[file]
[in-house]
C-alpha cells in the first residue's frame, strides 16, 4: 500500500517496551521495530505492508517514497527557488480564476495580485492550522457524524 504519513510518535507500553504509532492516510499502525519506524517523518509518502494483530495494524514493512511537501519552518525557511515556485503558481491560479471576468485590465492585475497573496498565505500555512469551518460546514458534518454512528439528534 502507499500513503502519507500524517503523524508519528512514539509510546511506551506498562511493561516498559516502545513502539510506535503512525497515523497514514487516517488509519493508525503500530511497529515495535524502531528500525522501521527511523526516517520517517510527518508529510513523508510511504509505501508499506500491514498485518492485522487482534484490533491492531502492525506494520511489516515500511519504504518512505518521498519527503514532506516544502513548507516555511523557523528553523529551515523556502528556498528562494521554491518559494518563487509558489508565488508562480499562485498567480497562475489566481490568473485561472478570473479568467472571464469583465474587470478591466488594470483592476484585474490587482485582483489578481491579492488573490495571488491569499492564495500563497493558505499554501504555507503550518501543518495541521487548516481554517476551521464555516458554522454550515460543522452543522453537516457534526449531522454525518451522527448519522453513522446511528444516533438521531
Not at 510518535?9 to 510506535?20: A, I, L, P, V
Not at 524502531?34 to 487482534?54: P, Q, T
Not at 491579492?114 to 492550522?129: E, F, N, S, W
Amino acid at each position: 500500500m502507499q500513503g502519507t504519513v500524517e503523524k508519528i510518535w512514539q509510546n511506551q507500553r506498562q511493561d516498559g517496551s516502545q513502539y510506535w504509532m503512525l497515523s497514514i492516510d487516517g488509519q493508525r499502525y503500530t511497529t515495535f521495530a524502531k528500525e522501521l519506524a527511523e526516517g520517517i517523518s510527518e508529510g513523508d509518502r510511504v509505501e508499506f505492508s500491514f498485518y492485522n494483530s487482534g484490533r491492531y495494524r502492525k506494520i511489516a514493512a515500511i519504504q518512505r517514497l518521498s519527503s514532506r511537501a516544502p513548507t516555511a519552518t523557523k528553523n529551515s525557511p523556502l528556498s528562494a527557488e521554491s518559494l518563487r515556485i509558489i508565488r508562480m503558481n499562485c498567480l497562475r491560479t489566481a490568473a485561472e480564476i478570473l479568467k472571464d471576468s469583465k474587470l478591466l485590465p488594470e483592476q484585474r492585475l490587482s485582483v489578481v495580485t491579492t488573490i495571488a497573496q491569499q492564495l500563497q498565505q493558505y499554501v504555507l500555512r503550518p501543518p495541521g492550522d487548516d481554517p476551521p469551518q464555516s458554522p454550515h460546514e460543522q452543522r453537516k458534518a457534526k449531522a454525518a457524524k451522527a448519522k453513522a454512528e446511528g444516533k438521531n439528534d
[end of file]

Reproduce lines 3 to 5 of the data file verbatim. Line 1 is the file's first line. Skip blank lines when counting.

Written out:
Not at 510518535?9 to 510506535?20: A, I, L, P, V
Not at 524502531?34 to 487482534?54: P, Q, T
Not at 491579492?114 to 492550522?129: E, F, N, S, W